PP Mentoring scheme years 7, 8 (year 12 mentors) and 11 (teachers and leadership team) The Education Endowment Foundation: Peer tutoring approaches have been shown to have a positive impact on learning, with an average positive effect equivalent to approximately five additional months’ progress within one academic year. Studies have identified benefits for both tutors and tutees, and for a wide range of age groups. Though all types of pupils appear to benefit from peer tutoring, there is some evidence that pupils who are low-attaining and those with special educational needs make the biggest gains. 1, 2, 3, 7
Free revision guides for all GCSE PP students Supported by above evidence and the impact of academic intervention 1, 2, 5, 7

 

Wider strategies (for example, related to attendance, behaviour, wellbeing)

Budgeted cost: £40,000.00

Activity Evidence that supports this approach
Challenge number(s) addressed
Devices: All students in school have access to a digital device if requested to support any home learning if absent due to COVID – 19 Department for Education: Schools must teach a planned and well-sequenced curriculum and select a digital platform for remote education provision that will be used “consistently across the school in order to allow interaction, assessment and feedback”. 1, 2, 5, 6, 7
Attendance: Pastoral team to support attendance 5-week cycle – targeting and supporting Pupil Premium students whose attendance falls below the minimum threshold of 96%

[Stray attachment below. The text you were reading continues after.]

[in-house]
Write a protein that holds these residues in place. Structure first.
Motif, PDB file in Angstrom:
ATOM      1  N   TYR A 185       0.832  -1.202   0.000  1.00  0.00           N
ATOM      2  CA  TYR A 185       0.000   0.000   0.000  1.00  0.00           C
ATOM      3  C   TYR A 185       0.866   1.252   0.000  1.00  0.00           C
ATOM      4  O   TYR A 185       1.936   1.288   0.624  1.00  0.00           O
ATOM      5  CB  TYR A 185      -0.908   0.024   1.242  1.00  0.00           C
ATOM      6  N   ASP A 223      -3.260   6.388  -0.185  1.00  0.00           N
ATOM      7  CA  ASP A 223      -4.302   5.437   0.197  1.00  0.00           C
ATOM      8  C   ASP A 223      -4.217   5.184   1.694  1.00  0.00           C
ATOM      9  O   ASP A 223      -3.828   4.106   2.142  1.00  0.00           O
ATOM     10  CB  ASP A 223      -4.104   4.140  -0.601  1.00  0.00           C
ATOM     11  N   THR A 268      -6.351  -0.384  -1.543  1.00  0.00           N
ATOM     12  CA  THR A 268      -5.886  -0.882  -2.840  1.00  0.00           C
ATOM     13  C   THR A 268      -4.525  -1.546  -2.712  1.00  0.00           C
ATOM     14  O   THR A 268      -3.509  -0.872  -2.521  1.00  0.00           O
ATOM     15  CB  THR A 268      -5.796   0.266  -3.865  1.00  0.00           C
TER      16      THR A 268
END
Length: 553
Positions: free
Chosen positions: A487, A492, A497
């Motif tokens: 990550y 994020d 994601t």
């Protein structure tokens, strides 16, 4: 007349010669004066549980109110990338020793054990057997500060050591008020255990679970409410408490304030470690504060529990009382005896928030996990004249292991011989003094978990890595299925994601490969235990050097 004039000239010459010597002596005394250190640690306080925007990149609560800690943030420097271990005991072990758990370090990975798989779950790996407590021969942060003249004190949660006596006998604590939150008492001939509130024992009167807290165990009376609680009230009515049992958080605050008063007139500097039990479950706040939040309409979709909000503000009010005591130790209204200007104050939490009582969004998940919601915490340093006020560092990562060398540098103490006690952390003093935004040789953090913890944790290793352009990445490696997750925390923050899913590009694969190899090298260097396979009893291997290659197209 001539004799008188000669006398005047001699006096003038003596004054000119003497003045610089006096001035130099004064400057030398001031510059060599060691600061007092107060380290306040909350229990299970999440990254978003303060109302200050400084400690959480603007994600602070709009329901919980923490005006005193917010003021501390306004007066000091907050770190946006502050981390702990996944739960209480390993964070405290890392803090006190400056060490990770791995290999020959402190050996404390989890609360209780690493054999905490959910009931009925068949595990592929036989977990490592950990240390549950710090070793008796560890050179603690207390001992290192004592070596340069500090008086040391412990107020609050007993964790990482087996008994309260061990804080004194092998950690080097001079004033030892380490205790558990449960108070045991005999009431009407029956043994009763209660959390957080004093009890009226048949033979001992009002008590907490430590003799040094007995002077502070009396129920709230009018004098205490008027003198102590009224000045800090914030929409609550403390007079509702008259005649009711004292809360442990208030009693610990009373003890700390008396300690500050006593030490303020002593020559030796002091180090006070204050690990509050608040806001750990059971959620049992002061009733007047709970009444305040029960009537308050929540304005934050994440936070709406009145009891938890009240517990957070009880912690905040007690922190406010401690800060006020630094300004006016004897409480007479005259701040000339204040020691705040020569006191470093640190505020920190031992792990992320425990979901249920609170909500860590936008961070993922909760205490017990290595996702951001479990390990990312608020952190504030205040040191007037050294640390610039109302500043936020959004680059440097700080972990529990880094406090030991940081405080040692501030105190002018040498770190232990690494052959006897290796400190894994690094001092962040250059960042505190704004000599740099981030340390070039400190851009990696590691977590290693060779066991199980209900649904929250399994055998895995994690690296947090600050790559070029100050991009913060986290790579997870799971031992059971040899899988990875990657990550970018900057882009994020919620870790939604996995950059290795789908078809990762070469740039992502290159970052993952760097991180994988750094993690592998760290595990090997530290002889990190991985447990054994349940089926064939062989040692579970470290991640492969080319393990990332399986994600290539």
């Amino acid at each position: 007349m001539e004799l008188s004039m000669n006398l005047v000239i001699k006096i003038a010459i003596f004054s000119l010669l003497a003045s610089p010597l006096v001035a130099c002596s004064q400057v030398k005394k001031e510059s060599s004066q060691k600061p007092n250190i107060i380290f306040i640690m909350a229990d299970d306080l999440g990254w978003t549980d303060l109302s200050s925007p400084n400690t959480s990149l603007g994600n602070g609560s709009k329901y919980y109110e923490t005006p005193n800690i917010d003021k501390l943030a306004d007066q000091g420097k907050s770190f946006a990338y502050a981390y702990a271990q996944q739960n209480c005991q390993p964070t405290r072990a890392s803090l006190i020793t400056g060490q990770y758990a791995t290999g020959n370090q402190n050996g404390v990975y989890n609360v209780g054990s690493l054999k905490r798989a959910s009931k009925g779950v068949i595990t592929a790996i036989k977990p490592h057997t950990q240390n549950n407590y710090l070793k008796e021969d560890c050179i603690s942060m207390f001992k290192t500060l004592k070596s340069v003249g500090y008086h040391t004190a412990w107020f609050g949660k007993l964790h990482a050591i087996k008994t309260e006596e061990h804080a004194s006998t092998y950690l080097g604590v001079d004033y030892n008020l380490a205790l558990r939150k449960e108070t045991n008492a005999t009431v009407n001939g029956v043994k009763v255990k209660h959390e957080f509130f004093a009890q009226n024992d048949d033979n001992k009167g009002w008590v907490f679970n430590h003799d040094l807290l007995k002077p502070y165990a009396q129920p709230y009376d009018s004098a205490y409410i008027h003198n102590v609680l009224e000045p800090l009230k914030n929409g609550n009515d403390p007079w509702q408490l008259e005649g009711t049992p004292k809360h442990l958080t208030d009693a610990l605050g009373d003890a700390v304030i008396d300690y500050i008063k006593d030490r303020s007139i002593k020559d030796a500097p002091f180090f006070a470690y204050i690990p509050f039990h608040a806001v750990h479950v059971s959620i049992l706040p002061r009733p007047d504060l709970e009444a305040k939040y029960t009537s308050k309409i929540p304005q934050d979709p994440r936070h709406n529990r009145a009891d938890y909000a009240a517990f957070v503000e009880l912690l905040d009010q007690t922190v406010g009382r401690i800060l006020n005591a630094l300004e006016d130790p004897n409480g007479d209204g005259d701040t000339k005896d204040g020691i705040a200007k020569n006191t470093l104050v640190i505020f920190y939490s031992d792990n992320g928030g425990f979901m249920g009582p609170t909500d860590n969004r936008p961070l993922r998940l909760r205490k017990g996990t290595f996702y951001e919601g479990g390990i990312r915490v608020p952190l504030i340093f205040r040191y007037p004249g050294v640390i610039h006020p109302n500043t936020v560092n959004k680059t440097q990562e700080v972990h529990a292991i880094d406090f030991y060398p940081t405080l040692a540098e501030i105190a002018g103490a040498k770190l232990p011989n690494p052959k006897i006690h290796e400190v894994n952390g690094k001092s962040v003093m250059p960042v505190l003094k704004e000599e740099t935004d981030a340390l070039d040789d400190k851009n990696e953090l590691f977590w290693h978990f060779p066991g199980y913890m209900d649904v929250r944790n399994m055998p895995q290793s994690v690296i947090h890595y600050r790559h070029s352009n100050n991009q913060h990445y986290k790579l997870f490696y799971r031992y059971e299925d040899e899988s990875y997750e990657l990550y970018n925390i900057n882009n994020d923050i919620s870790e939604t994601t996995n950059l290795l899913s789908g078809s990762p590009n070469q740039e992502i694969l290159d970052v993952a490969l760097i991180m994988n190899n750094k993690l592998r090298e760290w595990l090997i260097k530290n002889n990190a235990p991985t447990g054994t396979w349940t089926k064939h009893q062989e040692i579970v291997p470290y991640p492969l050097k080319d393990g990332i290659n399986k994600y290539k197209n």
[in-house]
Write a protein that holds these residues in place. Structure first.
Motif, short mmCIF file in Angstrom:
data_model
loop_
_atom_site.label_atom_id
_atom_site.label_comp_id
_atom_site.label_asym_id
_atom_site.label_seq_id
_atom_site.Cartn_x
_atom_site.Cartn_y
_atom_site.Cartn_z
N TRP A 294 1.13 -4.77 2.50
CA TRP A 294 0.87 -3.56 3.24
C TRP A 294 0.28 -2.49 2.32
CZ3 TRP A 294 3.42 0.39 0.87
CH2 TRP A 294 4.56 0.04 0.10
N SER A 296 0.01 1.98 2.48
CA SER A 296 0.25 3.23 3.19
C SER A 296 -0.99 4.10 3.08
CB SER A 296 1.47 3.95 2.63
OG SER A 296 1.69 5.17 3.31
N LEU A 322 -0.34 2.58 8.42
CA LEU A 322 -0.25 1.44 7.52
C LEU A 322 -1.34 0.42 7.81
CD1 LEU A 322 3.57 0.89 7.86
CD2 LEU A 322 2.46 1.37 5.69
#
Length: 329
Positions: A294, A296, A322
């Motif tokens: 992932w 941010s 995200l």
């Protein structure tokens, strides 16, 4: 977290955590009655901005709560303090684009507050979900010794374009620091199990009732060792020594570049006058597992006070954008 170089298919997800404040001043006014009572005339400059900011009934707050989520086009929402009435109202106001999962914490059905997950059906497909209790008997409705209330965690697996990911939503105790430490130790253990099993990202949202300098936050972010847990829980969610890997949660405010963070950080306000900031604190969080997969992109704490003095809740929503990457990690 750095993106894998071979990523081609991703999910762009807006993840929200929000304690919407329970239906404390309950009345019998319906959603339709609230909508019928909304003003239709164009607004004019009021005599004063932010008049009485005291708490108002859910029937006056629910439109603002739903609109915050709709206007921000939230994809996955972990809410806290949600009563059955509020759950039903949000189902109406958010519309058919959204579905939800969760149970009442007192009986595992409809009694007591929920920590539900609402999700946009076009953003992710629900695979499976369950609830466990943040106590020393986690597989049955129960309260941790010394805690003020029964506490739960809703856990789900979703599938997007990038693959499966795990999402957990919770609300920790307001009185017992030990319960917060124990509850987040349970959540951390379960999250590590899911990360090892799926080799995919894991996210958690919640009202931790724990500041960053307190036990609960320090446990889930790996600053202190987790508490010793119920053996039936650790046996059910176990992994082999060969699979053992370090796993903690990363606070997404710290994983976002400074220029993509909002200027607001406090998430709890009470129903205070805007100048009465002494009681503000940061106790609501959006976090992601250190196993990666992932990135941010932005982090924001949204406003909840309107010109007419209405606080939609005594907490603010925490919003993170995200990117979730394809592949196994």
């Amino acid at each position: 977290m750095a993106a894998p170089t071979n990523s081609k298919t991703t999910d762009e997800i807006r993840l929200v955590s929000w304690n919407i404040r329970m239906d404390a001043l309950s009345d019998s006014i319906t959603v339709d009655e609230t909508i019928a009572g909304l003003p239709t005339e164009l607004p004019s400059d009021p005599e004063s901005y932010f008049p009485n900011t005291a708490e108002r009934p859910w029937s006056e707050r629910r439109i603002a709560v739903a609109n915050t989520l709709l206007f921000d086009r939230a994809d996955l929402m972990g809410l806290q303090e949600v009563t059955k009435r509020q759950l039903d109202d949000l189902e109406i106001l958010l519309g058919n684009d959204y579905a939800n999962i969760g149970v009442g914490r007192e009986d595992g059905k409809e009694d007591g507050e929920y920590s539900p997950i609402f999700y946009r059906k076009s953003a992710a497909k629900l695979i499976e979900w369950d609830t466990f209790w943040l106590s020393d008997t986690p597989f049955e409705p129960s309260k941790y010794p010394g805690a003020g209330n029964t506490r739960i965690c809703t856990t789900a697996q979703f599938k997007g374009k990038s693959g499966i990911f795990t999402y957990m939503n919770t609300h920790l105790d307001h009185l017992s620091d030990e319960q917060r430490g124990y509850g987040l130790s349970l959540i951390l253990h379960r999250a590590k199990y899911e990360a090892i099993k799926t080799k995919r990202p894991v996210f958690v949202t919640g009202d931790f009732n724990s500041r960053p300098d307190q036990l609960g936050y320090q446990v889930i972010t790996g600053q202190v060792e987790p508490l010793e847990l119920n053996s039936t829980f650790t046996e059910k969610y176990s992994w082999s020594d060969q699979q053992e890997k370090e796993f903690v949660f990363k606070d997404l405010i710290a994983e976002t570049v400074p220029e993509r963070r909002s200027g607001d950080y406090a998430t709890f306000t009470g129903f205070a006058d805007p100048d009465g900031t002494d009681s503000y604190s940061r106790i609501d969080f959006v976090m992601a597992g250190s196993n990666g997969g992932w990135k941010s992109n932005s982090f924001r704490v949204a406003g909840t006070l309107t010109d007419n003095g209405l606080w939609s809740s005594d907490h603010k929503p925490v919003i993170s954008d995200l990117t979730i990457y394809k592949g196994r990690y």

The Education Endowment Foundation and the Department for Education:

The higher the overall absence rate across Key Stage (KS) 2 and KS4, the lower the likely level of attainment at the end of KS2 and KS4.

4
PP Attendance tracker through SIMs. The Pastoral team intervene daily with any unauthorised attendances.

The Education Endowment Foundation and the Department for Education:

The higher the overall absence rate across Key Stage (KS) 2 and KS4, the lower the likely level of attainment at the end of KS2 and KS4.

4
Pastoral Officer: Pastoral appointment who supports and diagnoses need for students including forming a strong relationship with home.

The Education Endowment Foundation:

On average, individualised instruction (singular targeted approach to support students) approaches have an impact of 4 months’ additional progress. The average impact of the Parental engagement approaches is about an additional four months’ progress over the course of a year. There are also higher impacts for pupils with low prior attainment.

1, 2, 3, 4, 5, 6, 7
Cultural Capital and Super Curriculum opportunities including: extra-curricular clubs ranging from sports to robots to cooking; interventions across subjects from years 7-13. The Sutton Trust: Improving aspiration is widely linked to academic improvements and wellbeing. This can support societies with social mobility. 3, 6, 7
PP students receive essential equipment for free including scientific and specialist equipment upon request Key equipment to support learners to access the curriculum. 3, 6, 7